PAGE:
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kodoor.jpgI was lucky enough to snag a seat at the hallowed (and reservation demented) Momofuku Ko in New York in early October because someone had (oh my god!) cancelled and I was quick enough to grab the reservation. For those of you not yet in the know, Ko is the premier flagship in wunderkind David Chang’s gastronomic empire. In keeping with its cutting edge food and service (the chefs, like sushi chefs, do the serving but not the busing), Ko only allows you to make on-line reservations. Just like Amazon.com, you need to open an on-line account (something I had done about six months earlier) which allows you the opportunity, and some would argue esteemed privilege, to make a reservation. This system guarantees a degree of egalitarianism which, as an attorney with a career dedicated to civil liberties, I really should respect and appreciate. So even if your last name is DeNiro or Gates, you (or your assistant) still have to compete with the masses in making a mad digital dash to score a reservation. As a supreme testament to Ko’s popularity and scrumptiousness, over the last year, even as the echo of high-end restaurants slamming their doors shut reverberated throughout Manhattan, Ko rarely had a night when it wasn’t booked to capacity for at least a week in advance.

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shakeshack_lg.jpgI didn’t miss him all winter.  Everytime I spoke to our mutual friends, who I guess he got custody over as I was limited to phone time with them, they would tell me he was being cold, sort of erratic, he was being exceedingly difficult.  In some form or another he was costing them all money.  He was not as exciting as he used to be.  But now that it’s summer, I noticed a change in their voices. They’re all clearly laughing with him again, enjoying his company, discovering new aspects of his personality.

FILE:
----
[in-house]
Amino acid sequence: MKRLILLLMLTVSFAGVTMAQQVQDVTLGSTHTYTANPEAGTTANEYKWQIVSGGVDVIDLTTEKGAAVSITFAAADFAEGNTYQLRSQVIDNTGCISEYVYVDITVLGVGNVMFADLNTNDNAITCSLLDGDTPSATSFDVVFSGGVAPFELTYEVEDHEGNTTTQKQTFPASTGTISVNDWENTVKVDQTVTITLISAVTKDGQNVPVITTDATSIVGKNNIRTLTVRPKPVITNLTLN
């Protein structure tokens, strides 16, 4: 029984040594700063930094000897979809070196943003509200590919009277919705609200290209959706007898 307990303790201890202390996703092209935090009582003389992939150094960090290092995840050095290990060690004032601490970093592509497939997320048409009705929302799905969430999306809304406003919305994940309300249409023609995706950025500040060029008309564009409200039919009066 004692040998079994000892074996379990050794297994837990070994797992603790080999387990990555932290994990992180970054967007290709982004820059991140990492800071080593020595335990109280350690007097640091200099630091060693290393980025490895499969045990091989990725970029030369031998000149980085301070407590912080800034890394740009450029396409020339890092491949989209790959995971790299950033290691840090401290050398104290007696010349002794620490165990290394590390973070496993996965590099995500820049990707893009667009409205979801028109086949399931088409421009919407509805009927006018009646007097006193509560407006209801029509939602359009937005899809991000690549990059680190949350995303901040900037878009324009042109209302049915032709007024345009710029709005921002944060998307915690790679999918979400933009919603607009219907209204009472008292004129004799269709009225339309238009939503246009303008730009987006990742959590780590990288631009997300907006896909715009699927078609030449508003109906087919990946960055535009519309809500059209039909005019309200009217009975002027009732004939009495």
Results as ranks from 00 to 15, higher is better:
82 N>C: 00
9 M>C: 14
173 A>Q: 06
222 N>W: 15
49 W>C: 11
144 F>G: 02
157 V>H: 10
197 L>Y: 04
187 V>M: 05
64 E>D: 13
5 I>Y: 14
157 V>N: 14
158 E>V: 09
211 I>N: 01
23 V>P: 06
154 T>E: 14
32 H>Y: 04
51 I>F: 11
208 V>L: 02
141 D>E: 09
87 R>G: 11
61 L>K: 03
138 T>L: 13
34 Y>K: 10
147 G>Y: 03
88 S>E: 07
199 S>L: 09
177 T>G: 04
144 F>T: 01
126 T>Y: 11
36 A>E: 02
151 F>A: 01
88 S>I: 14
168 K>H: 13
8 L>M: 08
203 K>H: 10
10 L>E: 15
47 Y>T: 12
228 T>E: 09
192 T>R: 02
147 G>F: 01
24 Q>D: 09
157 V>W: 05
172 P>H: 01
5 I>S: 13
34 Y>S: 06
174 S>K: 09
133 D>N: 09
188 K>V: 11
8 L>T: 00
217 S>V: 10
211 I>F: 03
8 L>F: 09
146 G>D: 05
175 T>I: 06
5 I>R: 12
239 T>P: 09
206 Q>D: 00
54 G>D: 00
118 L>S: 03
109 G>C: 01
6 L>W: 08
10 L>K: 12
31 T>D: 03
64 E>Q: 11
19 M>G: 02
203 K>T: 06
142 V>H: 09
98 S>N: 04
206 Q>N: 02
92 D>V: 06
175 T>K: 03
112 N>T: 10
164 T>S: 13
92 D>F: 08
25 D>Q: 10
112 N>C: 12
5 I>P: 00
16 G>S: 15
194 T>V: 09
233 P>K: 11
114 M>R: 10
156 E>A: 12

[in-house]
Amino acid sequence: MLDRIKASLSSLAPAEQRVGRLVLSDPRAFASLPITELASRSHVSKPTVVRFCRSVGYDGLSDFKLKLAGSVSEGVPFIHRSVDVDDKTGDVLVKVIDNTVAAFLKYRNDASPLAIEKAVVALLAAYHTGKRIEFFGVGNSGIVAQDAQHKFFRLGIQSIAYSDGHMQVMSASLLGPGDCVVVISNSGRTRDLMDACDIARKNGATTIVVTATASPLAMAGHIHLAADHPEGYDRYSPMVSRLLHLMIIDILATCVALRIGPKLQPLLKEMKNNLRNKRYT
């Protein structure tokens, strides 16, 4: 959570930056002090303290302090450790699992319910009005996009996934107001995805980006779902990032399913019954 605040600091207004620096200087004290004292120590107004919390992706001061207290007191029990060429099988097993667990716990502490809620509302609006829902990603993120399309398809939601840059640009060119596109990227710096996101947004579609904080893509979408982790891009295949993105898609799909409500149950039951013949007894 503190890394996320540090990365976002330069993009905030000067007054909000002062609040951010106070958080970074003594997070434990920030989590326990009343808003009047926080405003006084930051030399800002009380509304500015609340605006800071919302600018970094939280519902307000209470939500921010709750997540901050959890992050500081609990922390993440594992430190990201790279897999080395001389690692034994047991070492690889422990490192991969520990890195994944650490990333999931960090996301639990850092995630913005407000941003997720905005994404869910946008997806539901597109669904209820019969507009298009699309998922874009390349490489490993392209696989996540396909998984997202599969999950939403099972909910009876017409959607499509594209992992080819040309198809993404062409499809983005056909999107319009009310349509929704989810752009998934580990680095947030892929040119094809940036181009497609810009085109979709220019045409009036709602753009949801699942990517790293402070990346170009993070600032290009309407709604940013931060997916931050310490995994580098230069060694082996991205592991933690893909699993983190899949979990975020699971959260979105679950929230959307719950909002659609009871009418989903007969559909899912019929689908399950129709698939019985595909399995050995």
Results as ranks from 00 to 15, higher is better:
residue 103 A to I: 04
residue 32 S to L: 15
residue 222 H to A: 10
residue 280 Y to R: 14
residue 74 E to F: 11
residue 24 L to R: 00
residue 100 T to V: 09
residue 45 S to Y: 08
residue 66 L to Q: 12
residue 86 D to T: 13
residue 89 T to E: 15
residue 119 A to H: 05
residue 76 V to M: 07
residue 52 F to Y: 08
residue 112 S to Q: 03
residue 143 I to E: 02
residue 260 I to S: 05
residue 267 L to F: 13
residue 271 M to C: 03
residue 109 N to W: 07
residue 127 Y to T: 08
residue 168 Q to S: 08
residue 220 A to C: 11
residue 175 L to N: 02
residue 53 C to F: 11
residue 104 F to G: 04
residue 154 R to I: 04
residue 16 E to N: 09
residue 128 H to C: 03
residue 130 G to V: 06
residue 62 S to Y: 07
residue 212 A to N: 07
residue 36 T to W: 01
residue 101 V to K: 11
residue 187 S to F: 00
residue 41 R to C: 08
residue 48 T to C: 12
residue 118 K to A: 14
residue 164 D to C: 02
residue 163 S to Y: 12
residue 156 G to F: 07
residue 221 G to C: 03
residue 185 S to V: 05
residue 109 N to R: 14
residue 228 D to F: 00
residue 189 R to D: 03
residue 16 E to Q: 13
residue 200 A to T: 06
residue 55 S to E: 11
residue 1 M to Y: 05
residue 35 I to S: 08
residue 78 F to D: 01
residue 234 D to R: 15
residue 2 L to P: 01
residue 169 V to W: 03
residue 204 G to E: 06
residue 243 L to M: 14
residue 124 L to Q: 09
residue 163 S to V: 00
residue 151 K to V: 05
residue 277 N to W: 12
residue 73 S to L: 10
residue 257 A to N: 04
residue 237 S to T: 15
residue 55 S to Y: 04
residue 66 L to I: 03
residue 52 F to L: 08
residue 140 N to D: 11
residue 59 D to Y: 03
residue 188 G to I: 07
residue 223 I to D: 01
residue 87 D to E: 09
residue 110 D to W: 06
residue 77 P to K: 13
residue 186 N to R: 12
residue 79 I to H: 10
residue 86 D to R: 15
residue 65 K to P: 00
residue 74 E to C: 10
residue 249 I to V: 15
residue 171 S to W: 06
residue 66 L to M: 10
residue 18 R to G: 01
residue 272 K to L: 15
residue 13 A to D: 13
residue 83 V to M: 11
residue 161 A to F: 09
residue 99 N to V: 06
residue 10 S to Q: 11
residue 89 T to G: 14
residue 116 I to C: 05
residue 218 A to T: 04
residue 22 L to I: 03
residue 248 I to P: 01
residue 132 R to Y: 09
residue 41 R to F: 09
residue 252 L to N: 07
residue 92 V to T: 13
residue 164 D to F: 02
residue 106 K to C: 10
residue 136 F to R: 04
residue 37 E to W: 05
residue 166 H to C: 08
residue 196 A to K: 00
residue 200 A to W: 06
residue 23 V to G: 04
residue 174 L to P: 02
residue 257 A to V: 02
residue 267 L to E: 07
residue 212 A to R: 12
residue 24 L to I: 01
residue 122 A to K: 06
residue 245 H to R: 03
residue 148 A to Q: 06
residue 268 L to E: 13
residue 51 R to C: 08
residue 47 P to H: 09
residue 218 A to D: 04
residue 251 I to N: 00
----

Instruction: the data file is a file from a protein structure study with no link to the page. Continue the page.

I am not jealous, per se.  I do have someone else, someone way more suited to my personality.  Someone who’s made me a little bit blonder, and a little bit tanner, and a hell of a lot healthier, but there’s still a separate heartbeat consistent for my first true love, and sometime in the middle of the night, when I know he cannot hear me, I’ll tell him: “New York, I miss you."

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balaboosta-300x199I had one of the top ten dishes of the year today in the middle of what could have been a dreary day. It was raining and I was limping around puddles on my way to a lunch meeting in Soho.

I had just come from the podiatrist, my throbbing foot wrapped to within an inch of its life to protect the plantar fascia, the ligament that goes along my arch to my heel.

I had injured it, as athletes will do, in some moment of extreme competitive zeal, which I cannot at this moment recall. It only hurts when I walk, Mother.

So, I was in pain, I was late, I was wet, I was peckish. Not a good potential lunch partner.

I was meeting two fine fellows who work for my book publisher, so they know their way around a lunch table. They had chosen Balaboosta on Mulberry Street and I’m glad they did.